Type 1 Diabetes and Hypoglycemia: Causes and Treatments

Hypoglycemia, or low blood sugar, is a common complication of insulin therapy in type 1 diabetes. Most people taking insulin have experienced hypoglycemic episodes. Hypoglycemia can be dangerous, leading to seizures, coma, and death if left untreated, so it's important to be aware of the signs and know what to do if you experience low blood sugar.

This article will discuss hypoglycemia and its risks, symptoms, and management.

Woman checking blood sugar

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Risks of Hypoglycemia With Type 1 Diabetes

In type 1 diabetes, the pancreas does not produce insulin. Insulin is a hormone that signals cells to take up sugar from the blood, thus lowering blood sugar. People with type 1 diabetes must take insulin to keep blood sugar in a healthy range.

Hypoglycemia is a common side effect of insulin therapy. People with type 1 diabetes, on average, have about two episodes of mild hypoglycemia symptoms per week. Hypoglycemia can happen regardless of your overall blood sugar control, as measured by hemoglobin A1c level. However, those with a lower target hemoglobin A1c are at a higher risk of hypoglycemic episodes.

Symptoms of Hypoglycemia

Hypoglycemia can be categorized as mild, moderate, or severe, based on how low the blood sugar is. Symptoms become more serious the lower the blood sugar becomes.

Symptoms of Hypoglycemia by Blood Sugar Level
Category  Blood Sugar Level   Symptoms
 Mild  Less than 70 milligrams per deciliter (mg/dL) Anxiety, hunger, shakiness, sweating, cold or clammy skin, increased heart rate
 Moderate  Less than 55 mg/dL Irritability, dizziness, drowsiness, weakness, confusion, speech difficulty
Severe Less than 40 mg/dL Seizures, loss of consciousness, coma

Preparedness and Prevention

Being aware of what can lower blood sugar and cause hypoglycemic episodes is an important way to prevent these episodes from happening in the first place. The following can increase the risk of hypoglycemia:

  • Exercise
  • Taking too much insulin or taking insulin without eating enough food
  • Taking insulin too soon before eating
  • Not eating enough carbohydrates
  • Drinking alcohol
  • Hormonal changes, such as during menstruation and puberty
  • Being at high altitude

If you take insulin, it's important to check your blood sugar frequently. Discuss with your healthcare provider a plan for how often and at what times to check your blood sugar. Tell your healthcare provider about any changes to your diet, exercise regimen, or health, including any illnesses you're experiencing, so your insulin dose can be appropriately adjusted.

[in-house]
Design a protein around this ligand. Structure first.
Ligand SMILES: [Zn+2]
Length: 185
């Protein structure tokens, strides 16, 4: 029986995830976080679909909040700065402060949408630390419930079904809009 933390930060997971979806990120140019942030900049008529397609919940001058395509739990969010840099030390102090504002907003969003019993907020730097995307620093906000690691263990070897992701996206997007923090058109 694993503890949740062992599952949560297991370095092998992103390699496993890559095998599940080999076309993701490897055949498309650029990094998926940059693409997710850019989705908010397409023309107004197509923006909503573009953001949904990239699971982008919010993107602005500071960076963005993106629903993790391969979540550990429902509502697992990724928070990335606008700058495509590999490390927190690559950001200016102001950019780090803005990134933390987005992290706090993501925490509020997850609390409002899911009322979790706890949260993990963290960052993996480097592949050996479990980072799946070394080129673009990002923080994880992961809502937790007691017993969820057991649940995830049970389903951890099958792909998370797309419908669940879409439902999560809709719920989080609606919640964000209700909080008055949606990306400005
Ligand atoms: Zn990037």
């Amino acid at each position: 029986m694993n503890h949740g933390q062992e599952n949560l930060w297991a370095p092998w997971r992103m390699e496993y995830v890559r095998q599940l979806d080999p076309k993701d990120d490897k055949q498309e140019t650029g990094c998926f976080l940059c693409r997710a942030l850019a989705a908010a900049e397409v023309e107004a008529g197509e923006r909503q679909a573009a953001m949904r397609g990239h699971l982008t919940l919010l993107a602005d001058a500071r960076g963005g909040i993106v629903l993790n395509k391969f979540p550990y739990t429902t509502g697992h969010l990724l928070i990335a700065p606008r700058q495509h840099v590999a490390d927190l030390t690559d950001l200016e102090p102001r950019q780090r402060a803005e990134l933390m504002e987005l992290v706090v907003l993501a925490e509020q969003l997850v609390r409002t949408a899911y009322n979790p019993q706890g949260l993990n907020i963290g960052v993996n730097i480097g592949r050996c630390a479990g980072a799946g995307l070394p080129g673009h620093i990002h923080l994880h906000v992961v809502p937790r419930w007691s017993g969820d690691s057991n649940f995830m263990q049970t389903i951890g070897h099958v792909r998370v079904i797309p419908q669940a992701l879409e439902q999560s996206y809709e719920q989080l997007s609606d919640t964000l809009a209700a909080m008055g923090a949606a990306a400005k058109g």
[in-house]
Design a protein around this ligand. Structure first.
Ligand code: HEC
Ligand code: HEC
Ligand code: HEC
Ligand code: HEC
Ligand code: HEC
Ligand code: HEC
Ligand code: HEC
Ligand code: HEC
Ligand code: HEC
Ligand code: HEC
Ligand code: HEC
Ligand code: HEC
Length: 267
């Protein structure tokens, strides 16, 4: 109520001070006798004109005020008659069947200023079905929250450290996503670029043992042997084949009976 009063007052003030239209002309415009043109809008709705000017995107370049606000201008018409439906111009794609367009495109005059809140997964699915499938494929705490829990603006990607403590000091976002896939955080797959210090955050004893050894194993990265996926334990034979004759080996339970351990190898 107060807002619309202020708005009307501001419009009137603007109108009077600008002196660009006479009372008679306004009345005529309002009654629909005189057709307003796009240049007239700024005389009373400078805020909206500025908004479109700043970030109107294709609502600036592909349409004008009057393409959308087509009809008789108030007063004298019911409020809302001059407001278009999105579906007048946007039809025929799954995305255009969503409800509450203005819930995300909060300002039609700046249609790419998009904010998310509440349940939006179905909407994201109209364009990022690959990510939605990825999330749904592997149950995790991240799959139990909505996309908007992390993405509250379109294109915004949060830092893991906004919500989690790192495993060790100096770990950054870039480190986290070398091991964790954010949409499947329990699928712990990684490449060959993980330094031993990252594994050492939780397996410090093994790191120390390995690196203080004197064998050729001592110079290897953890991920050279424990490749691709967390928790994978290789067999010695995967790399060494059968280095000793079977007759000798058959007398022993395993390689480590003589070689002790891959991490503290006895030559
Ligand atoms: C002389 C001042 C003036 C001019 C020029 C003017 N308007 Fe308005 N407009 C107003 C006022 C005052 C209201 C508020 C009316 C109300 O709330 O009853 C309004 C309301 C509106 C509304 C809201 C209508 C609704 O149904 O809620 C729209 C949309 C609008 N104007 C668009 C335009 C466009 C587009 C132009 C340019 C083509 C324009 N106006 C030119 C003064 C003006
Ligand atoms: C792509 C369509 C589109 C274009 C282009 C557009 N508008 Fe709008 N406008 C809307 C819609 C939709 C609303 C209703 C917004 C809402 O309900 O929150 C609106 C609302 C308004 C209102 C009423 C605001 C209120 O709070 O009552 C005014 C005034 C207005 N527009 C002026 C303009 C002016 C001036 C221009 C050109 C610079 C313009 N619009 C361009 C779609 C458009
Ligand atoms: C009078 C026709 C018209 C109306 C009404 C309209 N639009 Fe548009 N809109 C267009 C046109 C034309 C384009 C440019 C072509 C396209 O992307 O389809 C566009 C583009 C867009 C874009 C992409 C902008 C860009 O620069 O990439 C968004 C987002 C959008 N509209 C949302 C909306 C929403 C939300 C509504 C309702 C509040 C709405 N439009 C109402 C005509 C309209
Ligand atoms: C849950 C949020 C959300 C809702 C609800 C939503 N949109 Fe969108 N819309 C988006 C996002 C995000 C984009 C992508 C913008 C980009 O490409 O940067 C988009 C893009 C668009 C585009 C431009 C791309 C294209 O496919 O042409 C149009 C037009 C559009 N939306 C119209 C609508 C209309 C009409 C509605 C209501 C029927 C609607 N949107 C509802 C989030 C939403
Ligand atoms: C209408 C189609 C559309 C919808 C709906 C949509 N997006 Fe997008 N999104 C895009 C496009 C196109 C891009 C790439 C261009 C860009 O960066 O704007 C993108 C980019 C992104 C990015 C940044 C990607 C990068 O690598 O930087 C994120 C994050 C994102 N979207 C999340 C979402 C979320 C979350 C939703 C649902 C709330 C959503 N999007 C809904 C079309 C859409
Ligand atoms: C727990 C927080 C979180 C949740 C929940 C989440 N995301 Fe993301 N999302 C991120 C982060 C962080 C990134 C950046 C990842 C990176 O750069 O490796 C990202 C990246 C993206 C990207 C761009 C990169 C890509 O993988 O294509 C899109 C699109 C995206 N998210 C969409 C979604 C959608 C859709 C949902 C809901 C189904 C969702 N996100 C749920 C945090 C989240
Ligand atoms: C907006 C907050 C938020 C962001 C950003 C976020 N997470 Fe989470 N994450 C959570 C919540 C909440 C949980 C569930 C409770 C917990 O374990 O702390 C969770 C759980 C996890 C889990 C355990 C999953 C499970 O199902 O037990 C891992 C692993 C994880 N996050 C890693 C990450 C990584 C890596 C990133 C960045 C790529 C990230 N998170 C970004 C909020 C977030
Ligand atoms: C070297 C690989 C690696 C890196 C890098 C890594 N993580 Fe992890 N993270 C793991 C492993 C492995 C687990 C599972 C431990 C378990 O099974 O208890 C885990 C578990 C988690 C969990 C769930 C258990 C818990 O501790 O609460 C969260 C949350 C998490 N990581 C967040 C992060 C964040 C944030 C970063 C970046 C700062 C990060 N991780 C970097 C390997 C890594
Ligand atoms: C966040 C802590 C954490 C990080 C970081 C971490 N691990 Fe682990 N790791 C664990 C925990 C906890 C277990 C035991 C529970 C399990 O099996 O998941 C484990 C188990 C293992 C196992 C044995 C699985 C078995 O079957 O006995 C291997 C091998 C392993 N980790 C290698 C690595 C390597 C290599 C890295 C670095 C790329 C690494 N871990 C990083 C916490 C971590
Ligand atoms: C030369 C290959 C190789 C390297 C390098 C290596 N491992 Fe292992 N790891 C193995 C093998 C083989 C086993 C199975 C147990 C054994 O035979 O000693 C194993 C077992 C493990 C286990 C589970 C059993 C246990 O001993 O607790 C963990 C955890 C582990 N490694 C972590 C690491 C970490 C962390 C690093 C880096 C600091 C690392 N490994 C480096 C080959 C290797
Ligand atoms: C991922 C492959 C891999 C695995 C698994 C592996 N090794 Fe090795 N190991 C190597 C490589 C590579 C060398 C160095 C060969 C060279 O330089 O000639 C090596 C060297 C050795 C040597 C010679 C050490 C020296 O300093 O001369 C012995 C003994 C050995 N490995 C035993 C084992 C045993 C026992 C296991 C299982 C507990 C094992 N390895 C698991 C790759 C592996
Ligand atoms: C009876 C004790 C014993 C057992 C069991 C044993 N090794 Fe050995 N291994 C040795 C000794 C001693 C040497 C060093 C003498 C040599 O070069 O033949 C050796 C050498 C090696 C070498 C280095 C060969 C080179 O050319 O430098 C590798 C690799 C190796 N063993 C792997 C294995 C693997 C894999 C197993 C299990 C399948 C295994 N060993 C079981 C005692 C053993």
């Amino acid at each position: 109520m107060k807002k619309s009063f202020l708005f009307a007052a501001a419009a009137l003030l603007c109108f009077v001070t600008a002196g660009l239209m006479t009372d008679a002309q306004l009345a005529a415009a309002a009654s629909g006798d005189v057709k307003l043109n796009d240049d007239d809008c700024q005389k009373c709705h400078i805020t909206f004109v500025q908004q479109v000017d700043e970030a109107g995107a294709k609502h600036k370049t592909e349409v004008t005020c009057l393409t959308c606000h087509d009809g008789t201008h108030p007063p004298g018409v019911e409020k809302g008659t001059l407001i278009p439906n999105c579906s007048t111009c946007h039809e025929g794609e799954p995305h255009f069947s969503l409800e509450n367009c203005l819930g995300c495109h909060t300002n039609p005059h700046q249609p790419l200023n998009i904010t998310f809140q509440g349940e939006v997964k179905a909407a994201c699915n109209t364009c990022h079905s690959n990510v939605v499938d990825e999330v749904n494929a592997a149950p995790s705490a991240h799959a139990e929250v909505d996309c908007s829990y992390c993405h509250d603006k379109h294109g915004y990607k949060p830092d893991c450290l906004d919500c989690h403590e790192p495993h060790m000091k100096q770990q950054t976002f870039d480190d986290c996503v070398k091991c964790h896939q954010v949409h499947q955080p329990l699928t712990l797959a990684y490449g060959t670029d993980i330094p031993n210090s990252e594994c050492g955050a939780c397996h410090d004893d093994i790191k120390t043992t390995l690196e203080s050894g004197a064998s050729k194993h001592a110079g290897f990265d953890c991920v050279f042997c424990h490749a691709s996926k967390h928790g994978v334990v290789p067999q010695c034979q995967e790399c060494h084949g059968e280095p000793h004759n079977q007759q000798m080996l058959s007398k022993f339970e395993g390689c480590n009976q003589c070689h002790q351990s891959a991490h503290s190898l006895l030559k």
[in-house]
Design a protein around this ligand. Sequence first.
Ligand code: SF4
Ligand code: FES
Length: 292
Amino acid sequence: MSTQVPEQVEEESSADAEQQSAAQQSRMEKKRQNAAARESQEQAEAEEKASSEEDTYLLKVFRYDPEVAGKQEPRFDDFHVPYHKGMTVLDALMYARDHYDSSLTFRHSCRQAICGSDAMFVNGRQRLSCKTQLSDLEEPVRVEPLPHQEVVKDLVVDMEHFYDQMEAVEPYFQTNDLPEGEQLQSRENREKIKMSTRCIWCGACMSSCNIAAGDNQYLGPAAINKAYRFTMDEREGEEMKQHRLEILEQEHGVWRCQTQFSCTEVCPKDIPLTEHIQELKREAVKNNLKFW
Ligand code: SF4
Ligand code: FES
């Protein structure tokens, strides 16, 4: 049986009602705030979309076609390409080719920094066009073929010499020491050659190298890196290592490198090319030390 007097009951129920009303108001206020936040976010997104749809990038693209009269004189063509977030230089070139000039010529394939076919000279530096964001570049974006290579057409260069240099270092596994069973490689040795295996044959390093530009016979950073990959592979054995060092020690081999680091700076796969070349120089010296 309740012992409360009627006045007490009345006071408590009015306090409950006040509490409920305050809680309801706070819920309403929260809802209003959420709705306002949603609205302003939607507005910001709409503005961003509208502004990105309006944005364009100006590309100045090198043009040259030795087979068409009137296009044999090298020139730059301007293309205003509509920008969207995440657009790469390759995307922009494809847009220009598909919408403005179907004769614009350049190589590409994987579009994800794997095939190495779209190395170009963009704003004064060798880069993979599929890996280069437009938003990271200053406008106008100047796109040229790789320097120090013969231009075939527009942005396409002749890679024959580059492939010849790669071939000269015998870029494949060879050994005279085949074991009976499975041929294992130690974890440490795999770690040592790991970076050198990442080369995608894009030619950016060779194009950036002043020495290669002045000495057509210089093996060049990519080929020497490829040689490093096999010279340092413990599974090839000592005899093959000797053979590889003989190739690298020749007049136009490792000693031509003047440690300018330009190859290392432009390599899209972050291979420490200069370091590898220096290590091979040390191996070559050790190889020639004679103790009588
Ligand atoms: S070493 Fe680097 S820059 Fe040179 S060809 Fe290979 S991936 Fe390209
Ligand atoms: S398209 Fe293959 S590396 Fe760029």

Despite being careful about your blood sugar, it's always a good idea to be prepared if low blood sugar happens to you. If you have diabetes, it's also important to let your family, friends, and coworkers know what to do in the event of an emergency.

Hypoglycemia Unawareness

Some people do not notice any symptoms when their blood sugar is low. This is known as hypoglycemia unawareness, and can happen to people who have had diabetes for a long time, who have had many episodes of hypoglycemia, or who take certain medications like beta-blockers. People with hypoglycemia unawareness need to be extra cautious and frequently check blood sugar.

Treatment of Hypoglycemia

If you experience signs and symptoms of hypoglycemia, or if your measured blood sugar is low, don't wait to get treatment. Blood sugar drops can become more severe with time. People who take insulin should be familiar with the 15-15 rule and have quick access to simple sugars that can raise their blood sugar.

The 15-15 Rule

For mild to moderate hypoglycemia, eat 15 grams of carbohydrates in the form of simple sugar, like candy or juice. Then wait and check your blood sugar 15 minutes later. If blood sugar remains lower than 70 mg/dL, eat 15 more grams and check again 15 minutes later. Always follow this by eating a balanced meal or snack so your blood sugar doesn't drop again.

Severe hypoglycemia is marked by symptoms like seizures and loss of consciousness, so you won't be able to treat the dangerously low blood sugar by eating sugar. Instead, an injection of a hormone called glucagon will be necessary to raise blood sugar.